The damage caused was enormous and concentrated because this earthquake occurred within a densely-populated area.
An earthquake of magnitude 6.7 hit an area of high population density twenty-five miles northwest of Los Angeles at 4:30 A.M. on January 17, 1994. About ten million people in the Greater Los Angeles region felt the impact of the quake. This earthquake, named for its epicenter in the town of Northridge, proved to be the costliest in U.S. history. Communities throughout the San Fernando Valley and in its surrounding mountains north and west of Los Angeles were affected, causing losses of 20 billion dollars. Fifty-seven people died, more than 9,000 were injured, and more than 20,000 were displaced from their homes.
Because the earthquake was centered beneath a built-up urban area, the impact on buildings of all kinds was immense. Thousands of buildings were significantly damaged, and more than 1,600 became unsafe to enter. The shaking lasted for less than thirty seconds but in that time buildings came down, freeway interchanges collapsed, and fires broke out as gas lines were broken. Fortunately, the early morning timing of the earthquake spared many lives that otherwise might have been lost in collapsed parking buildings and on failed freeways. Freeway bridges built or designed before the mid-1970s and had not been retrofitted to meet new standards failed. Telephone systems broke down, not because of equipment failure but due to overload and they were inadequate for an emergency of this scale.
The earthquake began as a rupture on a hidden fault at a depth of ten miles beneath the San Fernando Valley. For eight seconds following the initial break, the rupture continued to extend upward and northwestward along the fault plane at a rate of two miles per second. The rupture front spread out across as well as along the fault plane, so that the eventual size of the rupture covered an area of ten by twelve miles. The rupture stopped at a depth of three miles. Maximum intensities from the quake were felt in and near Northridge and in Sherman Oaks. Lesser, but still significant intensities were felt in Fillmore, Glendale, Santa Clarita, Santa Monica, Simi Valley, and in western and central Los Angeles. A rise in ground level of six inches occurred in the Santa Susana Mountains and there were many rockslides in mountain areas that blocked roads. Some ground cracks were observed at Granada Hills and liquefaction occurred at a number of locations in the Simi Valley.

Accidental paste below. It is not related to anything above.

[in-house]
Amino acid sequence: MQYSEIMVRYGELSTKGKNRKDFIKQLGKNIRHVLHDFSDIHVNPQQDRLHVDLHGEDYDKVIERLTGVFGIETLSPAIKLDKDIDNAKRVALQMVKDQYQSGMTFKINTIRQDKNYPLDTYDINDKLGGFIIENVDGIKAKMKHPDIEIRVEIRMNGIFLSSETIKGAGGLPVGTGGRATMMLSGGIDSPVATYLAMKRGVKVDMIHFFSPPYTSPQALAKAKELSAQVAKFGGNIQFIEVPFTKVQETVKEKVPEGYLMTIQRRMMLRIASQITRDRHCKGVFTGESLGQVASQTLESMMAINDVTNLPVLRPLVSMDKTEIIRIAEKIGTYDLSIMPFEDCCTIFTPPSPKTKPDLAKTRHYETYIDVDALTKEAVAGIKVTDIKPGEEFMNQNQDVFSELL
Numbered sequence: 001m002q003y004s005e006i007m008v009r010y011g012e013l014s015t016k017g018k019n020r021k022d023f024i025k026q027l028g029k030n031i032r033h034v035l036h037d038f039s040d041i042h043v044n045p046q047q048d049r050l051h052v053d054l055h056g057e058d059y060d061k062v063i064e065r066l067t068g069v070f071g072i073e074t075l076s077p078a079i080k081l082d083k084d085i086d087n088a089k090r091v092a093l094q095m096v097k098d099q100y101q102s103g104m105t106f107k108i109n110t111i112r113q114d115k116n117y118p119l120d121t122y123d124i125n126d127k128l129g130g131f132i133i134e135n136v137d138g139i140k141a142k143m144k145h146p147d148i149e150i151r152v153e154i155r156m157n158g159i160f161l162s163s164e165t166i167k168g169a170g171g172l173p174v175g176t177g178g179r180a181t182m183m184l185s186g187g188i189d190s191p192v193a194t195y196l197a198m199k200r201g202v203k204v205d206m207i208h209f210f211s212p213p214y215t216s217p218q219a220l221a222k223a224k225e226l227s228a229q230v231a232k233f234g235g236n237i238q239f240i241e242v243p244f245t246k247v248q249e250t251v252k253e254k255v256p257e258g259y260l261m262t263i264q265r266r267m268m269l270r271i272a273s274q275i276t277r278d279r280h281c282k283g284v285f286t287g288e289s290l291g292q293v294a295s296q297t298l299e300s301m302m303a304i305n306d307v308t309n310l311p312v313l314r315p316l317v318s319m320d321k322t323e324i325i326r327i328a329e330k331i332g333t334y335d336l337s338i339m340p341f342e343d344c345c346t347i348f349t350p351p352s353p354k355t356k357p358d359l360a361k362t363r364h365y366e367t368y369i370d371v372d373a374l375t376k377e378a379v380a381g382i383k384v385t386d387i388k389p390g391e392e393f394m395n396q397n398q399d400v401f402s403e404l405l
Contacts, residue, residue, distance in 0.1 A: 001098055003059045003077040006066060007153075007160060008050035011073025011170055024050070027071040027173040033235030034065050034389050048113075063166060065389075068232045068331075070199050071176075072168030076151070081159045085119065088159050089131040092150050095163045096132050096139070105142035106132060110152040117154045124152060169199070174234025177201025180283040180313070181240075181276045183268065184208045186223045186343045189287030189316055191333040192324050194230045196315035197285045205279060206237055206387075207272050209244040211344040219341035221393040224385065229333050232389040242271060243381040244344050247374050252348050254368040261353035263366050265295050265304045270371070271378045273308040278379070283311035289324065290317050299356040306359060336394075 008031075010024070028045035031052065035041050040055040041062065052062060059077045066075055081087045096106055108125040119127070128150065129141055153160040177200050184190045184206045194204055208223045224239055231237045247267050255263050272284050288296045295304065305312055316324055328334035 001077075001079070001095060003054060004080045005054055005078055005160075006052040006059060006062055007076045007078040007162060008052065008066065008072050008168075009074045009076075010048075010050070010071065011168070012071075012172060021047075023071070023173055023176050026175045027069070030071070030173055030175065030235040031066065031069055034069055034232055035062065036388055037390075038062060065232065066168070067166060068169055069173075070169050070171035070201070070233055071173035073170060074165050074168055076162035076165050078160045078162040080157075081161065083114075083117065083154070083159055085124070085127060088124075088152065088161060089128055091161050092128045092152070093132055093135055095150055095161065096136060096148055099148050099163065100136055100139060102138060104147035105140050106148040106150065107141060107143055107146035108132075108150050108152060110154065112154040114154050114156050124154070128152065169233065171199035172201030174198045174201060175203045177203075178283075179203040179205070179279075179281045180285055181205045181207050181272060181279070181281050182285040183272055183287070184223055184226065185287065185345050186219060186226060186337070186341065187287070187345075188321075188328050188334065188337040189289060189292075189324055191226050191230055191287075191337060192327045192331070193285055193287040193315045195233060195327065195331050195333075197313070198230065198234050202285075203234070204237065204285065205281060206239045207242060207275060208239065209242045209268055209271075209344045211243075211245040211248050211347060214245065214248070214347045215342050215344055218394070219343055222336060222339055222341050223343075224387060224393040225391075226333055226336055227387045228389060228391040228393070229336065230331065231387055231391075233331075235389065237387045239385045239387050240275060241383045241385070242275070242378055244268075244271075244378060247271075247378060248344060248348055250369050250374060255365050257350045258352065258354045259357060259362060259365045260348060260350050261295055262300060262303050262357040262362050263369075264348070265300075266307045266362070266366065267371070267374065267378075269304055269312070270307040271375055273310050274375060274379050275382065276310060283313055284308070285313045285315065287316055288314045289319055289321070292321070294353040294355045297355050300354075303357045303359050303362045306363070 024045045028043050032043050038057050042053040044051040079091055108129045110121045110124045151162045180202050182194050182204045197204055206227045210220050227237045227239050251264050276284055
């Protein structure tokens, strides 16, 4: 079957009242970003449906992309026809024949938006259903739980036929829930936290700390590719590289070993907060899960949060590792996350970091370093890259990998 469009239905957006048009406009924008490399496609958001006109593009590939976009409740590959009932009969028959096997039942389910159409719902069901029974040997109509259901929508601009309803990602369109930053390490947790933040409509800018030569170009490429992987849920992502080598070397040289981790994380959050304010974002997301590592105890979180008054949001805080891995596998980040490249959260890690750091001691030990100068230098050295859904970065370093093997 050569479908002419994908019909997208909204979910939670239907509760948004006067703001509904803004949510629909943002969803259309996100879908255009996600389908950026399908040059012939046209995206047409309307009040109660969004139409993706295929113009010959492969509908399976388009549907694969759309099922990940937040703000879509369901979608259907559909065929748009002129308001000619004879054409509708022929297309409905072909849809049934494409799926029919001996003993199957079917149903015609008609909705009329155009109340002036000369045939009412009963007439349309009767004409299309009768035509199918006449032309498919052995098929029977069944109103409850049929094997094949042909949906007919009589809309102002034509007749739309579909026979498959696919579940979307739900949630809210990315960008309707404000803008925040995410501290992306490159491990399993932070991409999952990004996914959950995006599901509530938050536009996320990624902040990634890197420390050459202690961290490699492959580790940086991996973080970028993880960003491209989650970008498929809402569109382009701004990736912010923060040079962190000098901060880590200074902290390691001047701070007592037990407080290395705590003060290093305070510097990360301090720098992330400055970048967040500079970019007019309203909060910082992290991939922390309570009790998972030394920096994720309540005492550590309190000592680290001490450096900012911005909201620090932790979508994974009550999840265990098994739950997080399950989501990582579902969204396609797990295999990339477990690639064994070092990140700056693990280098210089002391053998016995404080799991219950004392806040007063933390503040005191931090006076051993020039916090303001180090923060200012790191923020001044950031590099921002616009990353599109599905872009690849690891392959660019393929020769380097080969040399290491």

In summary, all the lifeline systems in the areas affected by the quake were damaged in various ways, including freeways, communications, gas, water, power, and sewage. Additionally, the delivery of water from the Colorado River and northern California was disrupted so that some areas were without water for weeks. This earthquake measured 6.7 on the Richter Scale and there is a tendency to assume that an event of this strength will do less damage than one of magnitude 8 or higher. However, everything changes when an earthquake occurs in the middle of a major urban area. In Japan in 1995, when the city of Kobe was hit with a quake of magnitude 6.9, the destruction that followed was far costlier than anything the country had previously experienced. Costs in that event were seven times the total for the Northridge quake.